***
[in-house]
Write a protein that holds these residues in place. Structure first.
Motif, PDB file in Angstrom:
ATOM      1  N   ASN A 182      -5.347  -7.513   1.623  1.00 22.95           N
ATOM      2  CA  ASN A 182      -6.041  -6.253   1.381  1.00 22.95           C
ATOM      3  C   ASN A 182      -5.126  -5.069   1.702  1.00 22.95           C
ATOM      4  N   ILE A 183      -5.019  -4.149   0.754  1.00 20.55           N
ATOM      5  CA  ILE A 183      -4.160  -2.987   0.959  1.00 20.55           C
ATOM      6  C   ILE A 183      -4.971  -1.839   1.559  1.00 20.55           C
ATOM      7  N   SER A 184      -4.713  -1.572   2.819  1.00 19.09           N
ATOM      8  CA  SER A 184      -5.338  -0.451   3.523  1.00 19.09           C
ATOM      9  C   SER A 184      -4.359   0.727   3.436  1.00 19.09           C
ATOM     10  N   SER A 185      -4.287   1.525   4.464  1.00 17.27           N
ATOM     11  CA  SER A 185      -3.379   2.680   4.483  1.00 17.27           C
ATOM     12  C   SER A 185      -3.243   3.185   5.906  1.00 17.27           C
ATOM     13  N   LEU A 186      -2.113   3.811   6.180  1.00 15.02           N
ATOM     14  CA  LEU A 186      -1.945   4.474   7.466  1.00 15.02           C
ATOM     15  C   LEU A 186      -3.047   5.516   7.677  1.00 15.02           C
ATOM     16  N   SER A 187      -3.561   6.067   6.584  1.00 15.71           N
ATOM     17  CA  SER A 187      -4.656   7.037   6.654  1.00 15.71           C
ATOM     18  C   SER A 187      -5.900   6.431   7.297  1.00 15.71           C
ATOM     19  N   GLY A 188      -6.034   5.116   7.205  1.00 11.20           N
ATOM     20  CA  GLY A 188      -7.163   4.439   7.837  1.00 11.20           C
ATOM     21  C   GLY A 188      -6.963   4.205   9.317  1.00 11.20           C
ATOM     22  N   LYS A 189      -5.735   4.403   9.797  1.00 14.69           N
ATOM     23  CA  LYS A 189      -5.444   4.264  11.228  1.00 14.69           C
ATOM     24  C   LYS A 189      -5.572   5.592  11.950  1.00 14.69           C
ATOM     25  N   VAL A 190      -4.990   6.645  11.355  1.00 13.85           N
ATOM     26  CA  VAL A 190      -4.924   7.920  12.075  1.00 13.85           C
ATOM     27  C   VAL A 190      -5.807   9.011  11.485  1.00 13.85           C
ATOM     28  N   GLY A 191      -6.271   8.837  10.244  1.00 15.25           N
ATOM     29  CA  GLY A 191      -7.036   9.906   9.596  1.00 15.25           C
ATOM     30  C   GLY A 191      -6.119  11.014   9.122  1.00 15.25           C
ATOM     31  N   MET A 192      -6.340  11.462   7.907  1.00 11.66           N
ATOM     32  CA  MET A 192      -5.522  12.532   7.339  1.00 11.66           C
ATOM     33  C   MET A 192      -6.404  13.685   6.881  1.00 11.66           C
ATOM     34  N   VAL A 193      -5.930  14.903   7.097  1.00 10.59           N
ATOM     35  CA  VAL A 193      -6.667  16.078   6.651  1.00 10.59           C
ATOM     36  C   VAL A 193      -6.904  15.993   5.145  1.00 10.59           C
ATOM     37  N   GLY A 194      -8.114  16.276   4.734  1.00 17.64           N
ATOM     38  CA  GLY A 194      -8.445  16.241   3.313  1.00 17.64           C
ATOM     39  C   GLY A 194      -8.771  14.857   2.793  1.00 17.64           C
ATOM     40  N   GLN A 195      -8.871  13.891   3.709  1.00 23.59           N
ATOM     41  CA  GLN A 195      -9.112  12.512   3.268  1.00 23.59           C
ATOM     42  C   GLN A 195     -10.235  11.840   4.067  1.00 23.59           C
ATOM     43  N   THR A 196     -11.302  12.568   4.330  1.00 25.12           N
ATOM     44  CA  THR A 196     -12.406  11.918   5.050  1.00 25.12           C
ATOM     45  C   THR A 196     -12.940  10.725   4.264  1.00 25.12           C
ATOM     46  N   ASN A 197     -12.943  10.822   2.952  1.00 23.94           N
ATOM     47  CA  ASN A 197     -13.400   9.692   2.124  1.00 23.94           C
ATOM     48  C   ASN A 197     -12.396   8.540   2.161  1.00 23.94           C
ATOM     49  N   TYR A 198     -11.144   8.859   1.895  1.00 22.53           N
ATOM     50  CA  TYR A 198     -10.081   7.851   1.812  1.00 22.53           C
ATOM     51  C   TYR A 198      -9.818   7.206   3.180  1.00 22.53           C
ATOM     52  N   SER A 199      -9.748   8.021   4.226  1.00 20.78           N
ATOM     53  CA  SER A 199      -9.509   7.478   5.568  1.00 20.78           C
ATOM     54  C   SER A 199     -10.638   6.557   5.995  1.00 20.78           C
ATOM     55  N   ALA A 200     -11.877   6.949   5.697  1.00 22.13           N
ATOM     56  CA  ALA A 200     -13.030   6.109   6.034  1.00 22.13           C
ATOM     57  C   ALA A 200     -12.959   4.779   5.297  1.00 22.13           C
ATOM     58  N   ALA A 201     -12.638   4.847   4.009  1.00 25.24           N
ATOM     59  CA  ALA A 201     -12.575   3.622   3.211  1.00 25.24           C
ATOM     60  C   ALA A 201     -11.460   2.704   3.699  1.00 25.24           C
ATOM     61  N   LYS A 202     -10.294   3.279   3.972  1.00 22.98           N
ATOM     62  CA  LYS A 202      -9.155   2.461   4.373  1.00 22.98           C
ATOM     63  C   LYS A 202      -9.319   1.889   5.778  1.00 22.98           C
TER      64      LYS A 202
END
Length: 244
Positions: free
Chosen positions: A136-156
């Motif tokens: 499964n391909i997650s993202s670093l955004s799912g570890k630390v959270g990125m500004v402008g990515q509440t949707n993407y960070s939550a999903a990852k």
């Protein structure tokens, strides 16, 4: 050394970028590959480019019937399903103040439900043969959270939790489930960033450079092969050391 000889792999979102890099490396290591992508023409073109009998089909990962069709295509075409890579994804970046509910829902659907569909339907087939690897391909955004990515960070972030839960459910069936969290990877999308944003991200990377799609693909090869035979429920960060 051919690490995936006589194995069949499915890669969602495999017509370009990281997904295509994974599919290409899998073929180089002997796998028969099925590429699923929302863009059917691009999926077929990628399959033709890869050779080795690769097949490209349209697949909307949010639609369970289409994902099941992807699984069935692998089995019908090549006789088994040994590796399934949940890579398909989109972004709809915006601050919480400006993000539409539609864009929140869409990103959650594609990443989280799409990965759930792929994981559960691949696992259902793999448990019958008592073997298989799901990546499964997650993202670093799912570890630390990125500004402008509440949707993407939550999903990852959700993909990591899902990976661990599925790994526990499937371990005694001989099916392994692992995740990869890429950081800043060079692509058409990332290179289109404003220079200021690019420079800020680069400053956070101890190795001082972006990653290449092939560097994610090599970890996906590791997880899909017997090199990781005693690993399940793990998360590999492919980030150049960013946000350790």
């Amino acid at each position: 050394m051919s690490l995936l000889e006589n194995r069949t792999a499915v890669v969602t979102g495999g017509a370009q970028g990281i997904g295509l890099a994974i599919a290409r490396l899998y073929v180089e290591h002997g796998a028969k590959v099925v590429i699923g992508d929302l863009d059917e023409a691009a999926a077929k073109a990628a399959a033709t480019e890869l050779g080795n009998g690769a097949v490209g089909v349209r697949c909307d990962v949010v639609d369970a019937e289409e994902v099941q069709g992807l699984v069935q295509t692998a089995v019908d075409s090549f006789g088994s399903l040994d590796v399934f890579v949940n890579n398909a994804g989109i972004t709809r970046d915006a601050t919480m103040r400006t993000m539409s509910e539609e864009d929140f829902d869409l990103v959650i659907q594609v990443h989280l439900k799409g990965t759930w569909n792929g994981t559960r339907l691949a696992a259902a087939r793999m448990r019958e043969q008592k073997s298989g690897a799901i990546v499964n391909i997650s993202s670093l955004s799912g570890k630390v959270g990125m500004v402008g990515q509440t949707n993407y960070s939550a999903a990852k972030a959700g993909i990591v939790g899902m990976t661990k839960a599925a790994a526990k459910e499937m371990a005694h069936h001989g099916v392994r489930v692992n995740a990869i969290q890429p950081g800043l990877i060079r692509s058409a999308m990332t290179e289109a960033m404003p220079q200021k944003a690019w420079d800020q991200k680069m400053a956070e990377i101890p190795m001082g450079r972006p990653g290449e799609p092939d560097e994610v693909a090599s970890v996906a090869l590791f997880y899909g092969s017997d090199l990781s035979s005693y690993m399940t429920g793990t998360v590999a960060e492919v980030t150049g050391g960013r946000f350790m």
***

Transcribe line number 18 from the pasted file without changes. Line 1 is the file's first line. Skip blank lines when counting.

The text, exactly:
ATOM     15  C   LEU A 186      -3.047   5.516   7.677  1.00 15.02           C